Who we are

Lubuto has its headquarters in Washington, D.C. and operates a regional office in Lusaka, Zambia. Lubuto is a 501(c)3 public charity and registered as a non-governmental organization in Zambia; both were established in 2005. Building from an initial funding base of individual donors and institutional gifts, the value of the Lubuto Libraries approach has been increasingly reflected in the awards and grants that have supported its growth.

Lubuto has received funding and support from a range of institutional and government sources, including the Open Society Initiative for Southern Africa (OSISA), Comic Relief U.K. (through OSISA), the EIFL Public Library Information Program, the USAID/World Vision/AustralianAID All Children Reading partnership, a PEPFAR-DREAMS Innovation Challenge grant, USAID's American Schools and Hospitals Abroad (ASHA) program and the ViiV Positive Action for Children Fund.

Lubuto maintains strong management structures, transparency and a network of highly qualified staff and volunteers. Strategic decision-making is guided by a Board of Directors, an Advisory Board, a Library Services Advisory Council and a Zambian Board. It publishes a monthly newsletter and annual reports with audited financial statements.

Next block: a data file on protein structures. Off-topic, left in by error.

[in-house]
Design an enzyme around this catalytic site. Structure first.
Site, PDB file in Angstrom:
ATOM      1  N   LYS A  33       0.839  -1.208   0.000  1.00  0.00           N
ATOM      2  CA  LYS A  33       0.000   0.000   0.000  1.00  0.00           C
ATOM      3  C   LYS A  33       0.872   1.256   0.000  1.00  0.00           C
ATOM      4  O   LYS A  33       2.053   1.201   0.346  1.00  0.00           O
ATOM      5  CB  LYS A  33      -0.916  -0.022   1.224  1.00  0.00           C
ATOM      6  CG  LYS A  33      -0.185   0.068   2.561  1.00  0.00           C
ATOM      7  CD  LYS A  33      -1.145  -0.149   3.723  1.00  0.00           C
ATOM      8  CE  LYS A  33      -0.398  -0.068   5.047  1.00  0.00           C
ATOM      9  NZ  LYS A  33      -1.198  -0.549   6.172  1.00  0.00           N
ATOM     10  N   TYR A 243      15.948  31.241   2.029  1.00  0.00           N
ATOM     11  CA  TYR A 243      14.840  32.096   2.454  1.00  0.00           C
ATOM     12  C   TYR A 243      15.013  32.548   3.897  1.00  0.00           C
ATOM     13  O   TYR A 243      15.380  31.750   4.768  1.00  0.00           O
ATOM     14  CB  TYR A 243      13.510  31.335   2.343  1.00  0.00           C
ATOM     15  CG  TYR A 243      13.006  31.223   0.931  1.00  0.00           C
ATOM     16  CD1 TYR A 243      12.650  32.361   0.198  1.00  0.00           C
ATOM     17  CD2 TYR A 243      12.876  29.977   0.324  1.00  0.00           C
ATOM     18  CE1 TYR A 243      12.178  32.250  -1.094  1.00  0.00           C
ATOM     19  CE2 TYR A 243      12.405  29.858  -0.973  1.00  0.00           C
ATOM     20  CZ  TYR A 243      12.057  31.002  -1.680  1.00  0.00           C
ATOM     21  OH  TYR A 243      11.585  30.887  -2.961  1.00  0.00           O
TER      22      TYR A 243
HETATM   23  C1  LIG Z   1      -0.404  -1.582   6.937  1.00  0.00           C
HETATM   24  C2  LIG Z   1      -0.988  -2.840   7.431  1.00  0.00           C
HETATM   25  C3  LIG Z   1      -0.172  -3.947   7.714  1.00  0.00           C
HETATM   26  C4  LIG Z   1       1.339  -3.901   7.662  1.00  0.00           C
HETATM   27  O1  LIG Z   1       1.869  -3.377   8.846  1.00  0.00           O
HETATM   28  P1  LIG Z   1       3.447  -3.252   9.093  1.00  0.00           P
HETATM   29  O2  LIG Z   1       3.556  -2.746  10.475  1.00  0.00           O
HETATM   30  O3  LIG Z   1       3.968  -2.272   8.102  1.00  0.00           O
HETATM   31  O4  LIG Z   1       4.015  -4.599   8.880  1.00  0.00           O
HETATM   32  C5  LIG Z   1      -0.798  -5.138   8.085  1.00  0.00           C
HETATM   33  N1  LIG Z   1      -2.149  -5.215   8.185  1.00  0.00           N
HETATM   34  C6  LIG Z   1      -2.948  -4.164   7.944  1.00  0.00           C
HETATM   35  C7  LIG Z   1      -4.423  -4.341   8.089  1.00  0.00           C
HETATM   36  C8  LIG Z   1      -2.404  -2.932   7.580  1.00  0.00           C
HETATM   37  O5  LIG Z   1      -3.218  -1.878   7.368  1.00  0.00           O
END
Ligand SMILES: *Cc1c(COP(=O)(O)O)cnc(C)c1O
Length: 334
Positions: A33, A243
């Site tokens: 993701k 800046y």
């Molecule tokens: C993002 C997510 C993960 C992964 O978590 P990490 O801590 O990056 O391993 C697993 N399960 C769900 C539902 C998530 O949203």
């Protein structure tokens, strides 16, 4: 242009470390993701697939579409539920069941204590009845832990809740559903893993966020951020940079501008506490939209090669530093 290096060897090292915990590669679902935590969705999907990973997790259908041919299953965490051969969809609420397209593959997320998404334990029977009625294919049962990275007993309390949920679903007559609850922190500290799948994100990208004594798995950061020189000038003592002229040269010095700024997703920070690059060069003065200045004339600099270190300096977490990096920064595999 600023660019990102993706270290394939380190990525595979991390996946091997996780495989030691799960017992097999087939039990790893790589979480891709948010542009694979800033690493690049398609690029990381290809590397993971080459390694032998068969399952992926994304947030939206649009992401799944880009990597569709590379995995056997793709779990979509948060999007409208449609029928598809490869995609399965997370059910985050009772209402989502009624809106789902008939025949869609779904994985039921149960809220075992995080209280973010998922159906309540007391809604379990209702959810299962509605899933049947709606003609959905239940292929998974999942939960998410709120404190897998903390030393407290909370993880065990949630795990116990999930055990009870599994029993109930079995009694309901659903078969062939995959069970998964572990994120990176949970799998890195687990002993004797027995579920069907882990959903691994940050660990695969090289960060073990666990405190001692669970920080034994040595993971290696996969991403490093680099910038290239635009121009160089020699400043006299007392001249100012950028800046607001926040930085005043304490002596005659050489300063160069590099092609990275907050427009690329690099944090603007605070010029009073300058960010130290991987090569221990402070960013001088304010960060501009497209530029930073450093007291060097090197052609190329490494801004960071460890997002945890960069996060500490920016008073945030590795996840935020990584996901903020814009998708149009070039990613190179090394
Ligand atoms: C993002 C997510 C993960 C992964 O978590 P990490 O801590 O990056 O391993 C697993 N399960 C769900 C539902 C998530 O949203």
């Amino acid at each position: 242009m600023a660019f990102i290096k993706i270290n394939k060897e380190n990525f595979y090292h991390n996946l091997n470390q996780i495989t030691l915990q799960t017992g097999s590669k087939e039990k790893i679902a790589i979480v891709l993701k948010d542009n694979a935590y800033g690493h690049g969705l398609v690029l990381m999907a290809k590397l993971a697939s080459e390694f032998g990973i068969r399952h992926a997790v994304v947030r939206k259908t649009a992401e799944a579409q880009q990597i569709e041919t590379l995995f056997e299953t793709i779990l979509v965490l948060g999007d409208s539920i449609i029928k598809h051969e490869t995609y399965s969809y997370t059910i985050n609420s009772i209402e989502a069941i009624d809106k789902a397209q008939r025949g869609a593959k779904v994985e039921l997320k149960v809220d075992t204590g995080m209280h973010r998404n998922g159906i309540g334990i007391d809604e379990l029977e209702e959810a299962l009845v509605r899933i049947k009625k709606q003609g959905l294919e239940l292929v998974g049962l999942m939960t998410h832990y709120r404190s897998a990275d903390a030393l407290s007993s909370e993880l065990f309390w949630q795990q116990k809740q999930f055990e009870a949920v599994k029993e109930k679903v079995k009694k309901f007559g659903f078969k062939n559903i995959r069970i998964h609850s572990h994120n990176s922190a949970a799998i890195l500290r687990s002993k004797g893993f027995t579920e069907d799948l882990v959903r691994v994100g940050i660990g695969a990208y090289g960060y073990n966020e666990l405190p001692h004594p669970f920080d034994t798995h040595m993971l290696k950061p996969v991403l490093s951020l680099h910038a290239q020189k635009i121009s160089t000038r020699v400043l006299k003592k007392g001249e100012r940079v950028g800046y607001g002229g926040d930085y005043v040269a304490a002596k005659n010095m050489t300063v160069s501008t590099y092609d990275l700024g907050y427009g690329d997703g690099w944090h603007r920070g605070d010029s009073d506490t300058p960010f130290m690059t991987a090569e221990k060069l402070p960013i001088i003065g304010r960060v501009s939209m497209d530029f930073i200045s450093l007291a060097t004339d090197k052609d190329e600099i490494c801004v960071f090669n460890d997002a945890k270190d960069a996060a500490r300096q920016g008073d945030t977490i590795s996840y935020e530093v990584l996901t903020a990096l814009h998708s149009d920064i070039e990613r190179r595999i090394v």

Libraries transforming Africa’s next generation



Lubuto has received wide professional recognition and awards including repeated nominations for the Swedish Arts Council's Astrid Lindgren Memorial Award, the American Library Association's Presidential Citation for International Innovation and a Special Mention from the International Union of Architects (UIA) Friendly and Inclusive Spaces Awards. It is listed as a Top-Rated Great Nonprofit and maintains a Guidestar Platinum Seal of Transparency. 


In 2005, Lubuto Library Partners (then known as the Lubuto Library Project) was formally incorporated as a non-profit organization. Jane Kinney Meyers, a professional librarian for over 35 years, had gotten involved with Fountain of Hope drop-in center in Lusaka in 1998 and was very moved by her experiences there. She spent extensive time reading to, getting to know, and advocating for the center’s children—most of whom were affected by HIV/AIDS, out-of-school and living on the streets — and served on its board. The opening of the first Lubuto library in 2007 was the product of years of collaboration and groundwork. From working with children, staff and local community members over a period of years, Jane realized that the library profession provides approaches that could address the myriad needs of these marginalized young people and help them re-enter and thrive in society.